I like U of T, I really do. But being a good student here sometimes turns out to be a real pain in my back. It’s exam time, which normally means that for the last month and a half, thanks to the plethora of end of term assignments due, I’ve been hunched over a desk for hours each day. Hours turn into days, days into weeks. For some really avid students who study diligently from the get-go of the term, totally sedentary lifestyles can go on for months. After thirteen weeks of sitting in a single chair for days, of going to bed far too late, and of eating the last of the groceries in my kitchen with a spoon (read: peanut butter), I start to notice the extent to which my body is unimpressed with me. The first signs, starting around week nine, include a bit of extra padding in the mid-section, or a kink in the back that inhibits me from easily standing up straight. By week thirteen, it’s a gaunt, grey skin tone and the inevitable appearance of those cursed circles below my eyes, darkening at an exponential rate.
So this year I performed the impossible: I opted for a new strategy. I took a stand against my self-imposed asceticism and made a few changes. In other words, above all other things, this term I paid attention to my health.
Here’s what I found:
1) Masochism. As in, sitting at a desk for hours on end is severely masochistic. We were not born in office chairs, and if we’re lucky we will not die in them either. It doesn’t take much to take a break once every hour. I find getting up, walking around, stretching, interacting with other human beings (yay: roommates!), or having a cup of tea breaks up the inactivity and ultimately ends in the ability to study a little longer. (Permitted that you don’t succumb to your roommate’s invitation to go out for a pint).
2) All you need are sneakers. Lulu Lemon matching tops and bottoms don’t increase your heart rate. I’m always strapped for cash at this time of year, which makes some options (yoga classes, pilates, fancy gym memberships) seem a little unreasonable. Luckily, as U of T students we don’t need to pay any extra fees to join a gym as we all have free access to the Hart House, complete with a healthy assortment of free classes happening throughout the week.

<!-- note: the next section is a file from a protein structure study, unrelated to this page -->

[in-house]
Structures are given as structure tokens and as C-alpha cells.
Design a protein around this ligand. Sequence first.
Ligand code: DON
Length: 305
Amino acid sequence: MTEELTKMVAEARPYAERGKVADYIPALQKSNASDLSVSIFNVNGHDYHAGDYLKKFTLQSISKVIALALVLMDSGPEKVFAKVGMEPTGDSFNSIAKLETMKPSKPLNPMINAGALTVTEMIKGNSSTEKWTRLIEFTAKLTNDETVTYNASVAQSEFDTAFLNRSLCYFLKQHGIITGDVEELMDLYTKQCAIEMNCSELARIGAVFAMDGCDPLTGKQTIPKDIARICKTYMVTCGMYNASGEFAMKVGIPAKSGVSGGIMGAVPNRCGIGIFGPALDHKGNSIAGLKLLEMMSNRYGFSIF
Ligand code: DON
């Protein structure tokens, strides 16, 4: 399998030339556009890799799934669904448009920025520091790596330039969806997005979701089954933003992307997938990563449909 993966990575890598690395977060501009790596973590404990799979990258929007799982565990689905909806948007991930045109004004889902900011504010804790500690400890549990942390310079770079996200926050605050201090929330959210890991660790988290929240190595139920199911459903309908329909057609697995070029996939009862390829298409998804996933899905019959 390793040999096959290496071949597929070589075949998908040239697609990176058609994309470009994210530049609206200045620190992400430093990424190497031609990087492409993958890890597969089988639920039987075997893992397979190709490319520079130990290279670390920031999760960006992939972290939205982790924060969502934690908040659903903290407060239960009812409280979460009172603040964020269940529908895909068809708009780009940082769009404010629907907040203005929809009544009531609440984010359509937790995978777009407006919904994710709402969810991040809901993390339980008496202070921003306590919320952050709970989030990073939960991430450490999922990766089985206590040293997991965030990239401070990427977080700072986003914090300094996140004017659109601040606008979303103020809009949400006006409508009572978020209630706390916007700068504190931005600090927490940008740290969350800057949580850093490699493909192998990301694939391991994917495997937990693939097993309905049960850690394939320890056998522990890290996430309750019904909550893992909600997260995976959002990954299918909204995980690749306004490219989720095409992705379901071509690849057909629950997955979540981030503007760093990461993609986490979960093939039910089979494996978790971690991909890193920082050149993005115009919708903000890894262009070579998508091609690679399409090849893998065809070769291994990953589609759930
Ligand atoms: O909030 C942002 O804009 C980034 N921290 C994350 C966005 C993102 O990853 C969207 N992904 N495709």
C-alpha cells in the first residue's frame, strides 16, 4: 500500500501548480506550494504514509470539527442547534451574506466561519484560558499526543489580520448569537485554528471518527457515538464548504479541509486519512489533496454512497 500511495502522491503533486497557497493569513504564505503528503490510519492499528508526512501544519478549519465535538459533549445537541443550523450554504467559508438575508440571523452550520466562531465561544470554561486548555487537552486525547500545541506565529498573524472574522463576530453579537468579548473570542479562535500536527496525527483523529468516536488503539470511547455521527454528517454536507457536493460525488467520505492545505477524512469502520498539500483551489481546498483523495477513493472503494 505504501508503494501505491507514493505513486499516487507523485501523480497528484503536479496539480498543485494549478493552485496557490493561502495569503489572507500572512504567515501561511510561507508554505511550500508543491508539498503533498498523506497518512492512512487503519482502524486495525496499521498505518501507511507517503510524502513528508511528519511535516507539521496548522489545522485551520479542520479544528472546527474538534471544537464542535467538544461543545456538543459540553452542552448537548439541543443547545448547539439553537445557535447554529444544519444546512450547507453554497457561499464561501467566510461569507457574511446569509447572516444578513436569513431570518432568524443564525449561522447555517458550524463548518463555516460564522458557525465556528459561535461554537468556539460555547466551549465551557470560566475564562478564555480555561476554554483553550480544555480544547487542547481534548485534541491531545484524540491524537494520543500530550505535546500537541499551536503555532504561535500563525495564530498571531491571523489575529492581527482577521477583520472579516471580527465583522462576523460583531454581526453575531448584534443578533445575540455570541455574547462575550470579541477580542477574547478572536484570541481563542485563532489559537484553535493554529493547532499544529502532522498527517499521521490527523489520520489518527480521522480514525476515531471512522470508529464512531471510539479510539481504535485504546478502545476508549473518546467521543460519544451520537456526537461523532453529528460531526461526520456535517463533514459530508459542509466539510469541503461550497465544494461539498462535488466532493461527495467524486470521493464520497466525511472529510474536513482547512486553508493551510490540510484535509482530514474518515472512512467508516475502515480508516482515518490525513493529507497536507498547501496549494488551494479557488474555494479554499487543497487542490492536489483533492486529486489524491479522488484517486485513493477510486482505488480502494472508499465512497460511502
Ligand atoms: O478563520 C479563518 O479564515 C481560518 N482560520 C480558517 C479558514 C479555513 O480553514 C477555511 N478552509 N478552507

And if you’re simply not into the gym thing at all, you can still put on your sneakers and go out jogging a couple times a week.
3) Do it with a friend. It’s far too easy to push the snooze button at 7 am and, in consequence, to run out of time to get to the gym. Promising to meet a friend at the gym or on the corner to go jogging is great reinforcement for getting up.
It’s hard to persuade yourself when you’re really busy that spending time going to the gym is a worthwhile activity. But I don’t think it’s a coincidence that all of my best terms have occurred when I take the time to exercise regularly. I’m sure there is a science student somewhere who could explain why this is so.
5) Sit up straight. I don’t care how much I sound like your mom. Take it from someone with chronic lower back problems: slouching can be very, very bad for you. Use those stomach muscles.
6) Sleep. Divine, sublime, glorious sleep.
7) Read fiction before you go to bed. Or something recreational. Being in school does not preclude reading for pure enjoyment. I don’t think U of T’s mandate is to make you hate reading, or to ensure that you never have the time to get through the Harry Potter series.
8) Try Korean. Just because you’re way too busy to find the time to cook doesn’t mean you have to resort to eating Big Macs for a month. Try getting Korean, Vietnamese, or Ethiopian. There are lots of healthy and delicious restaurants near campus that cost the same amount (or less) as a fast food meal, and whose ingredients weren’t grown in an industrial lab in Etobicoke. I am always amazed at how much more I can do in a day when I have eaten properly.
9) Coffee is not water. Too much coffee does strange things to the body and to the mind. Insomnia, gut rot, over-stimulation of the nervous system. I’m not saying cut it out entirely (I admittedly will never do so) but keeping caffeine intake under control can really reduce the side effects of stress.
10) Don’t take it too, too seriously. Chances are we will still survive. Even if we get a B.